Ashton Kutcher reached a major milestone in 2009: beating out CNN to be the first Twitter user to reach 1 million followers.
The feat marked the first, but certainly not the last, time that Kutcher realized the power of celebrity influence on social media.
"Antennas of influence are actually pop culture channels," Kutcher said in a phone interview. "Not necessarily major news organizations. It's my belief that the way people consume media today is through social media."
Now the actor-turned-entrepreneur is taking his social media knowledge and tech background to the next level with the launch of a social-driven technology platform: A+.
The website's focus is on distributing upbeat content with a purpose instead of traditional click bait.
"I think with great distribution comes great responsibility," Kutcher said.
Kutcher has been working on A+ with Evan Beard, the website's New York-based CEO, and Kendall Dabaghi, the website's president, since April. The trio has been building a team of writers and testing out tools to help enhance the platform.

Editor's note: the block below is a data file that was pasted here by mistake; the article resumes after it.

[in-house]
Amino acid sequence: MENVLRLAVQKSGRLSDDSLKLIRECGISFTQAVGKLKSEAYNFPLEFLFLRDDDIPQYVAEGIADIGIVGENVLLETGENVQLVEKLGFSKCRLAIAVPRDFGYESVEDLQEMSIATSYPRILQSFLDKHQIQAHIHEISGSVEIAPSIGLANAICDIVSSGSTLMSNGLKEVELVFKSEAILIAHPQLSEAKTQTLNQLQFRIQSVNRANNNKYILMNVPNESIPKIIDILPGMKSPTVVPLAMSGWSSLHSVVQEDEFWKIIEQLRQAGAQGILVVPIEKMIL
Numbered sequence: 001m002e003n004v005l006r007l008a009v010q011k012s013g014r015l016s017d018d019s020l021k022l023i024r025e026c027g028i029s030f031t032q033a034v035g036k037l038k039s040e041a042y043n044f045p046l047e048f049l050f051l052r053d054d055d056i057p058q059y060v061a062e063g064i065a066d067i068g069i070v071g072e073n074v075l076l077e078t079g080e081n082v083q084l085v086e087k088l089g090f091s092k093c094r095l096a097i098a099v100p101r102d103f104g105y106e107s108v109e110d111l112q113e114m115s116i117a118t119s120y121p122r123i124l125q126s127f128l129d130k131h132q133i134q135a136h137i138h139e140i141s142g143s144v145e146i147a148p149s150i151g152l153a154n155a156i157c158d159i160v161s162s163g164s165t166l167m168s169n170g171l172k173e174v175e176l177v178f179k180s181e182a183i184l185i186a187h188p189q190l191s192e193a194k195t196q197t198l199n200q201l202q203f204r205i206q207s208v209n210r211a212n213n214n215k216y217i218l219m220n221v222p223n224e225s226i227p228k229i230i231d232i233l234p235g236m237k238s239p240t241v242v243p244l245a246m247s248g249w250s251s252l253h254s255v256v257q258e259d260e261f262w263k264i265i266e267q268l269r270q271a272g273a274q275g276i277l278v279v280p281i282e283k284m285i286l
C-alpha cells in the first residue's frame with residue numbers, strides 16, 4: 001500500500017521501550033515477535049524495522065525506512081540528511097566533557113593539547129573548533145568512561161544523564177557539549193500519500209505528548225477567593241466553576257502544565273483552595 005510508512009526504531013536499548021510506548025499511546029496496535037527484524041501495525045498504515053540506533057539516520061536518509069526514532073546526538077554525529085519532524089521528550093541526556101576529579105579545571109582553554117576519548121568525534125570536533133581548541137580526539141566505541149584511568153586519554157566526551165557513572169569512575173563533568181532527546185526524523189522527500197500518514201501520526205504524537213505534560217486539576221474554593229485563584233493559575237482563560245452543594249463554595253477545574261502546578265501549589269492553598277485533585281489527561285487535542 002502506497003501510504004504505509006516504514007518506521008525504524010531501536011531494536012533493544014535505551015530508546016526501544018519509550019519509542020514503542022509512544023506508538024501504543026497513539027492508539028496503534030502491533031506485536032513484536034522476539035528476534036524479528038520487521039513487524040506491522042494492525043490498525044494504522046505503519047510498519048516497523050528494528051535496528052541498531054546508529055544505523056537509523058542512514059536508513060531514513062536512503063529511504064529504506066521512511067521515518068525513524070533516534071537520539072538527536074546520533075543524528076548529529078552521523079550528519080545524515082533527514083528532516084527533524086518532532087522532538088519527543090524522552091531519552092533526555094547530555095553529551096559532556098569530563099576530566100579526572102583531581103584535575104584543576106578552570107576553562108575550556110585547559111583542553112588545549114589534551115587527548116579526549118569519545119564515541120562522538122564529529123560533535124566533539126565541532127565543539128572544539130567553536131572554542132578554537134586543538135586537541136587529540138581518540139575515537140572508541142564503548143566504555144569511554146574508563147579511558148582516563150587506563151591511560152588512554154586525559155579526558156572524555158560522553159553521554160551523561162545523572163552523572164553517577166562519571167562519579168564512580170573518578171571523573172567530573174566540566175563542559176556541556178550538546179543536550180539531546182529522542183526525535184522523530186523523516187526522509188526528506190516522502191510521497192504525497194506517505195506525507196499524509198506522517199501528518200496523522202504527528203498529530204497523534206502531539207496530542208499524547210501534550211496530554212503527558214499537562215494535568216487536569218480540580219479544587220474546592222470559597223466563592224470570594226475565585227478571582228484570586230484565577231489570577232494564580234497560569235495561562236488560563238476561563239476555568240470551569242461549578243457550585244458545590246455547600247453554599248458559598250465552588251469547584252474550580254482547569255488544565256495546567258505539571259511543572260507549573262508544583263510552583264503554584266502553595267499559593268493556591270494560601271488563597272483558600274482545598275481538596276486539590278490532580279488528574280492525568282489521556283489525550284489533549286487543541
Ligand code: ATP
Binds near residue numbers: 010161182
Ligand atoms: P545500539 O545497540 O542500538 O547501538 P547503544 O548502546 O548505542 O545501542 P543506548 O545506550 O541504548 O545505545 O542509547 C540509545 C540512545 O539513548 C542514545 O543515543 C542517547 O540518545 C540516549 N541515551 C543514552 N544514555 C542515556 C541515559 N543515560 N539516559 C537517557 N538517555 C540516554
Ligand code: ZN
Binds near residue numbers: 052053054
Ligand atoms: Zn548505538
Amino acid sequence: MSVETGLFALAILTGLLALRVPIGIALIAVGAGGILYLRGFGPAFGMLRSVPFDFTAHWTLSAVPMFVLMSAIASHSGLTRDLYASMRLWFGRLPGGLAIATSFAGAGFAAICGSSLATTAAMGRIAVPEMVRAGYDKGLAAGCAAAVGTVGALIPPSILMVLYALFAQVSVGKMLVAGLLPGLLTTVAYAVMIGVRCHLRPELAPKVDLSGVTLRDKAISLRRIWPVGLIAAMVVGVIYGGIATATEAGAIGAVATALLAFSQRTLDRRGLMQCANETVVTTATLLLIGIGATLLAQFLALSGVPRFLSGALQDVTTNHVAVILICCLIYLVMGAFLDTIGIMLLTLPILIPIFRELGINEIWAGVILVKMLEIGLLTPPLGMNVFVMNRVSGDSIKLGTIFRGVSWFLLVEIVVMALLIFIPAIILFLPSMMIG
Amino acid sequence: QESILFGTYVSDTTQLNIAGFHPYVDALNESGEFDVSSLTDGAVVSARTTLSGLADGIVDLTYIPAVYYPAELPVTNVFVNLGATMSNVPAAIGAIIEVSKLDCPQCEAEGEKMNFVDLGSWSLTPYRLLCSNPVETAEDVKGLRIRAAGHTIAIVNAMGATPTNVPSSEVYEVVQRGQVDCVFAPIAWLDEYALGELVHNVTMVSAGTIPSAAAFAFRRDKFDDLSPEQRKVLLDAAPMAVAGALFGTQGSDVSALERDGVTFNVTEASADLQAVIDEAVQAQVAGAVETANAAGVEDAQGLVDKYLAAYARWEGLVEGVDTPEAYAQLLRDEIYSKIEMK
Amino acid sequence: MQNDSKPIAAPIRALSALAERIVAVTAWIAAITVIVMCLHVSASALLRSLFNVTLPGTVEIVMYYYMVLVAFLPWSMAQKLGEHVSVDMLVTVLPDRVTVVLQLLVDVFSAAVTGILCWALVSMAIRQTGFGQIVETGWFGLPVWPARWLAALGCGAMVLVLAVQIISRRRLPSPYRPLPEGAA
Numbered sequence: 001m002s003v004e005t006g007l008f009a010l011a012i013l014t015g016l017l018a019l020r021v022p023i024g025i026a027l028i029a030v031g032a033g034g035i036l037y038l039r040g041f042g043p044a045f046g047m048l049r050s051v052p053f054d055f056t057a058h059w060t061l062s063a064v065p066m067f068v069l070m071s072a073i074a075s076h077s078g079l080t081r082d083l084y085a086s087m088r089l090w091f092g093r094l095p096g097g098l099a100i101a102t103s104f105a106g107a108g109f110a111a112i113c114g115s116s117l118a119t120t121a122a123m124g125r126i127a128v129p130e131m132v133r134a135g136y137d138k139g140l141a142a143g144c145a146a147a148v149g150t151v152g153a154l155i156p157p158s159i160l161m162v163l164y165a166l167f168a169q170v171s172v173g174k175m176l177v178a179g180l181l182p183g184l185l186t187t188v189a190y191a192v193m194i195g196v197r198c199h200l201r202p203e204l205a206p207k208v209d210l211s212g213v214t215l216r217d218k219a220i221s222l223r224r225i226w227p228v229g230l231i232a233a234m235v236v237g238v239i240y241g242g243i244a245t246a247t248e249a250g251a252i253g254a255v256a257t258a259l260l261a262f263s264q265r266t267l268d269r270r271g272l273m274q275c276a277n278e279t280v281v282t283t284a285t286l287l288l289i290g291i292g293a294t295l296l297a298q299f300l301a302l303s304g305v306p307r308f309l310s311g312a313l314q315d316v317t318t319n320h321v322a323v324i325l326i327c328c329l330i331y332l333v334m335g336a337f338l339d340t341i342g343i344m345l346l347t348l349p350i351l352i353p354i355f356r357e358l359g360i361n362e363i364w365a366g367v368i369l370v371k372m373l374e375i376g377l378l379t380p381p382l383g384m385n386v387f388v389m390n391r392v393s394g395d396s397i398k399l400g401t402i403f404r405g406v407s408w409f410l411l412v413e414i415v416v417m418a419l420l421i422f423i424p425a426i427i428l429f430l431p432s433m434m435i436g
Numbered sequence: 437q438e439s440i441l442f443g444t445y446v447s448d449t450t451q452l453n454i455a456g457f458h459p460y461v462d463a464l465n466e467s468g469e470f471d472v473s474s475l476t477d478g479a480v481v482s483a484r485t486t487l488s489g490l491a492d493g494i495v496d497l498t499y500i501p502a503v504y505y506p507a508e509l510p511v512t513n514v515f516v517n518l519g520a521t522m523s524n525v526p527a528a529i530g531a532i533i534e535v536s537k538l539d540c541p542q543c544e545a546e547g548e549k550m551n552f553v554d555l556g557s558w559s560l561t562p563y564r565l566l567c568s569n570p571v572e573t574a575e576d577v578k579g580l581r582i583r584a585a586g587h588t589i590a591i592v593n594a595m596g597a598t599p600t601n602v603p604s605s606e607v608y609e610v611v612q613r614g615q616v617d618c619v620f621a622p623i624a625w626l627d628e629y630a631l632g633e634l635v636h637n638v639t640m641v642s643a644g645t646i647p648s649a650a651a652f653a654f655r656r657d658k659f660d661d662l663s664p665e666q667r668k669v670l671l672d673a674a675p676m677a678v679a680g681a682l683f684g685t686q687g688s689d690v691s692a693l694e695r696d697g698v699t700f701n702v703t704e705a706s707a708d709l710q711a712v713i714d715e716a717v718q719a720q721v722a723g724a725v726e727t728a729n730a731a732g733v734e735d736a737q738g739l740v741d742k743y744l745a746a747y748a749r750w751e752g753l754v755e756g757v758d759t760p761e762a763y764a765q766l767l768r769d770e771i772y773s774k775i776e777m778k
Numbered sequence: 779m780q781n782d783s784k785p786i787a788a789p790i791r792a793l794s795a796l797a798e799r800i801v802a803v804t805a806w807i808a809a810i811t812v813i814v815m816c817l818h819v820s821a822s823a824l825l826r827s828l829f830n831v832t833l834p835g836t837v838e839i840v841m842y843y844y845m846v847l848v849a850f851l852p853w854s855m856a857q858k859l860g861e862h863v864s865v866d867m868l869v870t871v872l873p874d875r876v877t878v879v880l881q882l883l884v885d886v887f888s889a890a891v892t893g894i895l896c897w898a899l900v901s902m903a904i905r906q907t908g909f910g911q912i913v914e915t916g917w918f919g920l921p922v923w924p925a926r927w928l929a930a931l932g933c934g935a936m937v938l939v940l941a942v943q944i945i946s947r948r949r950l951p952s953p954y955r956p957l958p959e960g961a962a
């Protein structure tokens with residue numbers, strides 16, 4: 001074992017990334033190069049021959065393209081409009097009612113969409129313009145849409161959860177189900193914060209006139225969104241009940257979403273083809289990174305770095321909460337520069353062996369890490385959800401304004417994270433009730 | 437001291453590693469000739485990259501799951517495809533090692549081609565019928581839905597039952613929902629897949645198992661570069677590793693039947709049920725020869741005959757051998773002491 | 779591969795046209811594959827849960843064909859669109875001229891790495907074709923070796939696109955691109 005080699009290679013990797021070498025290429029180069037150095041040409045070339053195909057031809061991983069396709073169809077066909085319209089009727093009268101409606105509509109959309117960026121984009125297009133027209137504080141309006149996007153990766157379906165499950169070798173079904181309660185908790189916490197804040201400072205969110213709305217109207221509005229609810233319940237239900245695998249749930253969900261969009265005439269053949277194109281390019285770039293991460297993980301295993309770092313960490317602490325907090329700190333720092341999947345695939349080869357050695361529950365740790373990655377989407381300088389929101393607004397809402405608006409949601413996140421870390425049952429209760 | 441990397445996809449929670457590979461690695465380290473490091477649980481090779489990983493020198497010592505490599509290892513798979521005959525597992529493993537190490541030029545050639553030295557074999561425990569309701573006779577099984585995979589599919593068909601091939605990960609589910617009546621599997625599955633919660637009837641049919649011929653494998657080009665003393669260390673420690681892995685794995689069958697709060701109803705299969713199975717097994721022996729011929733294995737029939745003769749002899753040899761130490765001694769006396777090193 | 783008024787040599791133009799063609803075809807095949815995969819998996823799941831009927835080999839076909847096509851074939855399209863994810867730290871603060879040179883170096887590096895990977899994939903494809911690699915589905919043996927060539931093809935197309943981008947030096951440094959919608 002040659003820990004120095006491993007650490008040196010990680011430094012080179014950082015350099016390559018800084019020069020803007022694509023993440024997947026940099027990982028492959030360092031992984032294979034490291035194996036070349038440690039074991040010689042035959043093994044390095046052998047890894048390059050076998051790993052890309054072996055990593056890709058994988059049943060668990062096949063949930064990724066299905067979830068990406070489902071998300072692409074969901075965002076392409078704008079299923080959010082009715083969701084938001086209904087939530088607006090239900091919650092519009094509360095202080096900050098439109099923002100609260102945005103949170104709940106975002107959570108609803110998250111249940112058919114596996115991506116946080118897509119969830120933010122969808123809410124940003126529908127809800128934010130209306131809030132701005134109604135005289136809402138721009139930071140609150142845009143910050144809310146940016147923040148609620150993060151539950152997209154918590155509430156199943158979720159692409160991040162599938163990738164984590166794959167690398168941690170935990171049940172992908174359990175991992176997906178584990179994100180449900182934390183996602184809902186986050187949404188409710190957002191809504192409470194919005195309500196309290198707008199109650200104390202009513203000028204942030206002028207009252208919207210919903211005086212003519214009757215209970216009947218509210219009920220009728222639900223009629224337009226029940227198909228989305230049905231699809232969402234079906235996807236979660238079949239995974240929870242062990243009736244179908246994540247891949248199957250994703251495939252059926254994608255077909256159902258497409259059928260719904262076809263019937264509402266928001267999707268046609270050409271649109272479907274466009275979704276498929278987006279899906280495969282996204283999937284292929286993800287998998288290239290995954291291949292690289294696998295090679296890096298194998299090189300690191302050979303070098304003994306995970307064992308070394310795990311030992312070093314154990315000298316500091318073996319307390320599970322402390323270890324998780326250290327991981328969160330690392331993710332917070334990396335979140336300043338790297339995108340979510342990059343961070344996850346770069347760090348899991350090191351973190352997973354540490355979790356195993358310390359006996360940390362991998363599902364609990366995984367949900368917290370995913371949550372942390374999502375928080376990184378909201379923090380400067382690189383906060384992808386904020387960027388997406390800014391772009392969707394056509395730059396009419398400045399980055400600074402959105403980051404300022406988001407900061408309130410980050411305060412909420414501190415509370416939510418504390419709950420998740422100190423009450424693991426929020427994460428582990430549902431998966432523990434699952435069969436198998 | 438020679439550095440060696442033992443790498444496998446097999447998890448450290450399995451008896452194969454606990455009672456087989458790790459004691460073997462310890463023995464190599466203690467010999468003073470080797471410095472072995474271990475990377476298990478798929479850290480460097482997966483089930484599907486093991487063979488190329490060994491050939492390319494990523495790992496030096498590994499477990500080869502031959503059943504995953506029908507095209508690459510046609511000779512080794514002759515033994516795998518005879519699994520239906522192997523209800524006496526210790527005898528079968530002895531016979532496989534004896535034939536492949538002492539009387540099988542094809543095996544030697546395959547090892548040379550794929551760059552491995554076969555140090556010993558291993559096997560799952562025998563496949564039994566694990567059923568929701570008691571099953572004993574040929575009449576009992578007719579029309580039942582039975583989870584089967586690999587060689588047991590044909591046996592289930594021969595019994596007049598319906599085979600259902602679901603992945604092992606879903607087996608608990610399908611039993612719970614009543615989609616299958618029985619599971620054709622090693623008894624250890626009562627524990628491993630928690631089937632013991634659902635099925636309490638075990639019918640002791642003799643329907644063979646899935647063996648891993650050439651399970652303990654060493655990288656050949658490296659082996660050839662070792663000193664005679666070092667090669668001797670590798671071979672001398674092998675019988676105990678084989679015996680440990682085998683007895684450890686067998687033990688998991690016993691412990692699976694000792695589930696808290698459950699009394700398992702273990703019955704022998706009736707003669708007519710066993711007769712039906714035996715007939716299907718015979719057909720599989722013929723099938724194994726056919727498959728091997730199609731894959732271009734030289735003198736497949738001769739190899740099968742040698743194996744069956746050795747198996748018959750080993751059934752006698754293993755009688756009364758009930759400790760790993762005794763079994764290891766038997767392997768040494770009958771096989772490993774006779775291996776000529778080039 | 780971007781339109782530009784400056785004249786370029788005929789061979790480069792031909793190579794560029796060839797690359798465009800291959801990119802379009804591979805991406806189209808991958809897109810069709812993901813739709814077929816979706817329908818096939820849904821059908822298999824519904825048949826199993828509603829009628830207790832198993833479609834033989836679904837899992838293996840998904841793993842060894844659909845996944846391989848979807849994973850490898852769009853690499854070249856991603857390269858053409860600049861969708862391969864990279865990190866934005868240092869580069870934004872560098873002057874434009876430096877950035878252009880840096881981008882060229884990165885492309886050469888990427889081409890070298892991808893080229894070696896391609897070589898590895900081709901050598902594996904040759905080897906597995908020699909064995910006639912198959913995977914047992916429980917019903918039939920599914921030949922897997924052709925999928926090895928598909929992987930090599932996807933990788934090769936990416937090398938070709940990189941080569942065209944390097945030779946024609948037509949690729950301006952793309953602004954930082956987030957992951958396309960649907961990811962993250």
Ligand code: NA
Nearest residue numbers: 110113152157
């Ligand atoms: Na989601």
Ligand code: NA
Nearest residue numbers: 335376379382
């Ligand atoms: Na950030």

"I think a media company is something we've all had an interest in building and then we saw these technology trends and how content was being shared more and more through Facebook, Twitter and Pinterest," Beard said. "We saw an opportunity."
"We feel that media organizations are going through a dramatic evolution," Dabaghi added. "We see ourselves as the next stage in that evolution."
The website hopes to lure in audiences with content that resonates. People who browse the Internet want to consume things quickly but also want to look at content with depth, Kutcher said.
The key to drawing in audiences is to "have a simple presentation, create anticipation with a headline … and also ensure depth," he added.
To help generate page views, A+ uses a testing tool to see what headlines perform best with audiences.
"It's almost like a magic trick," Kutcher said.
So far, the platform's strategies are working. In its soft launch, the website has generated 50 million unique monthly viewers and an average of 100 million page views per month.
"What we are really aiming for is to build a strong brand, an honest brand -- a brand that's working on spreading important stories," Beard said. "I think the 'New York Times' of tomorrow gets built like this."